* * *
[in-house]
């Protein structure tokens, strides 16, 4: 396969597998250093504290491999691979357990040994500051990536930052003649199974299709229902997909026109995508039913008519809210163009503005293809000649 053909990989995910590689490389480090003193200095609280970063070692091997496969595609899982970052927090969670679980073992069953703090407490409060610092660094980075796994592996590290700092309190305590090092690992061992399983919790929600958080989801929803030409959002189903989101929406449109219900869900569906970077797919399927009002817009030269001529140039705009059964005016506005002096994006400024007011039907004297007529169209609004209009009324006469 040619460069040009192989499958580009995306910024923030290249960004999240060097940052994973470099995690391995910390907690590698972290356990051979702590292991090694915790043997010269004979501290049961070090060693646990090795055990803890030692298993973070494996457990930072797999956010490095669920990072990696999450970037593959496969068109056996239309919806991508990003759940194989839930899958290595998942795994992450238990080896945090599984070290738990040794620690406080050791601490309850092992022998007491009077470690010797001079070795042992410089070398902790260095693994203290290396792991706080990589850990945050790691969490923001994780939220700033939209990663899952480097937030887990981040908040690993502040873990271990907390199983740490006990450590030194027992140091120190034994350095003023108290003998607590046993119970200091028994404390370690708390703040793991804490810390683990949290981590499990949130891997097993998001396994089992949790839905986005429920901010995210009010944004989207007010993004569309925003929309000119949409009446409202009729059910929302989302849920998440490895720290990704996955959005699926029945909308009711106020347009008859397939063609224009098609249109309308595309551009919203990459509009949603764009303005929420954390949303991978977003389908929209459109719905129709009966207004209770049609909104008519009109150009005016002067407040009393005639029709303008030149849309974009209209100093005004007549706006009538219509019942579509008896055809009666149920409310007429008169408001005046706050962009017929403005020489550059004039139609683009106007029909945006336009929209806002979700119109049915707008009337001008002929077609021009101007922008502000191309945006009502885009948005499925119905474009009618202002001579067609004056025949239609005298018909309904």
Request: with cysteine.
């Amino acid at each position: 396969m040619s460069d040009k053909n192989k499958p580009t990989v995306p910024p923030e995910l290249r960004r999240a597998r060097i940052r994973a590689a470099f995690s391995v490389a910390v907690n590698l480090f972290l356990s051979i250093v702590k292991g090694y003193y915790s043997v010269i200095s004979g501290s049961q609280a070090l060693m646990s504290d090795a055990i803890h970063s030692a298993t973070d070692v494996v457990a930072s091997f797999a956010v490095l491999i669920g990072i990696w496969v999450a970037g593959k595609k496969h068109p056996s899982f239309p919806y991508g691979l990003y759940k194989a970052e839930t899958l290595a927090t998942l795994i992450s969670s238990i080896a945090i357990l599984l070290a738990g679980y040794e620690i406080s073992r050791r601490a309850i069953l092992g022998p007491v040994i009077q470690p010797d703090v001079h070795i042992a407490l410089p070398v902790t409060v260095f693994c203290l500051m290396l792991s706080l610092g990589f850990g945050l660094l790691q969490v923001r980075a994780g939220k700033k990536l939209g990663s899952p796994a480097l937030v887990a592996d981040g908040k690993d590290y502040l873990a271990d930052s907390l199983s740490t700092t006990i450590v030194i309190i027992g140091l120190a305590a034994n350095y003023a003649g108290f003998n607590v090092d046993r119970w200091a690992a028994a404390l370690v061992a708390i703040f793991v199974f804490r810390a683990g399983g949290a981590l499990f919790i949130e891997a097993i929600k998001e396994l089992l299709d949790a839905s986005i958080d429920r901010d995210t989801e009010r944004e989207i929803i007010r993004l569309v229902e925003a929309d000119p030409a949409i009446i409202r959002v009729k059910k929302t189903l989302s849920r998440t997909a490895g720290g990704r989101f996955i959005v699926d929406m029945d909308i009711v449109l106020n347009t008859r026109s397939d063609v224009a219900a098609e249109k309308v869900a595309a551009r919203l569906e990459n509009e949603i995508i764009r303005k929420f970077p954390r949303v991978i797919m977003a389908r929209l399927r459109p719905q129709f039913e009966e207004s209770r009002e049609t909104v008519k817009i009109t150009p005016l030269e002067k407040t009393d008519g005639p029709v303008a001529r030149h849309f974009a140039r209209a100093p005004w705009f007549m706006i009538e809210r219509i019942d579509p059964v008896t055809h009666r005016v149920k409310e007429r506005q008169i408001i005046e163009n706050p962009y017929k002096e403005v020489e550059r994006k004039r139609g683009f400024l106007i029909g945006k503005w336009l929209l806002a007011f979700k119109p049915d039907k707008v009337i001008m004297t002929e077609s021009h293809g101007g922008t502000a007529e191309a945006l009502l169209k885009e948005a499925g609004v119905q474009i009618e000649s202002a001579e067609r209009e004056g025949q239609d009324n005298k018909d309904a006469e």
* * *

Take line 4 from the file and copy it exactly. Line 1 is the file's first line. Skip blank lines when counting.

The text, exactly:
């Amino acid at each position: 396969m040619s460069d040009k053909n192989k499958p580009t990989v995306p910024p923030e995910l290249r960004r999240a597998r060097i940052r994973a590689a470099f995690s391995v490389a910390v907690n590698l480090f972290l356990s051979i250093v702590k292991g090694y003193y915790s043997v010269i200095s004979g501290s049961q609280a070090l060693m646990s504290d090795a055990i803890h970063s030692a298993t973070d070692v494996v457990a930072s091997f797999a956010v490095l491999i669920g990072i990696w496969v999450a970037g593959k595609k496969h068109p056996s899982f239309p919806y991508g691979l990003y759940k194989a970052e839930t899958l290595a927090t998942l795994i992450s969670s238990i080896a945090i357990l599984l070290a738990g679980y040794e620690i406080s073992r050791r601490a309850i069953l092992g022998p007491v040994i009077q470690p010797d703090v001079h070795i042992a407490l410089p070398v902790t409060v260095f693994c203290l500051m290396l792991s706080l610092g990589f850990g945050l660094l790691q969490v923001r980075a994780g939220k700033k990536l939209g990663s899952p796994a480097l937030v887990a592996d981040g908040k690993d590290y502040l873990a271990d930052s907390l199983s740490t700092t006990i450590v030194i309190i027992g140091l120190a305590a034994n350095y003023a003649g108290f003998n607590v090092d046993r119970w200091a690992a028994a404390l370690v061992a708390i703040f793991v199974f804490r810390a683990g399983g949290a981590l499990f919790i949130e891997a097993i929600k998001e396994l089992l299709d949790a839905s986005i958080d429920r901010d995210t989801e009010r944004e989207i929803i007010r993004l569309v229902e925003a929309d000119p030409a949409i009446i409202r959002v009729k059910k929302t189903l989302s849920r998440t997909a490895g720290g990704r989101f996955i959005v699926d929406m029945d909308i009711v449109l106020n347009t008859r026109s397939d063609v224009a219900a098609e249109k309308v869900a595309a551009r919203l569906e990459n509009e949603i995508i764009r303005k929420f970077p954390r949303v991978i797919m977003a389908r929209l399927r459109p719905q129709f039913e009966e207004s209770r009002e049609t909104v008519k817009i009109t150009p005016l030269e002067k407040t009393d008519g005639p029709v303008a001529r030149h849309f974009a140039r209209a100093p005004w705009f007549m706006i009538e809210r219509i019942d579509p059964v008896t055809h009666r005016v149920k409310e007429r506005q008169i408001i005046e163009n706050p962009y017929k002096e403005v020489e550059r994006k004039r139609g683009f400024l106007i029909g945006k503005w336009l929209l806002a007011f979700k119109p049915d039907k707008v009337i001008m004297t002929e077609s021009h293809g101007g922008t502000a007529e191309a945006l009502l169209k885009e948005a499925g609004v119905q474009i009618e000649s202002a001579e067609r209009e004056g025949q239609d009324n005298k018909d309904a006469e």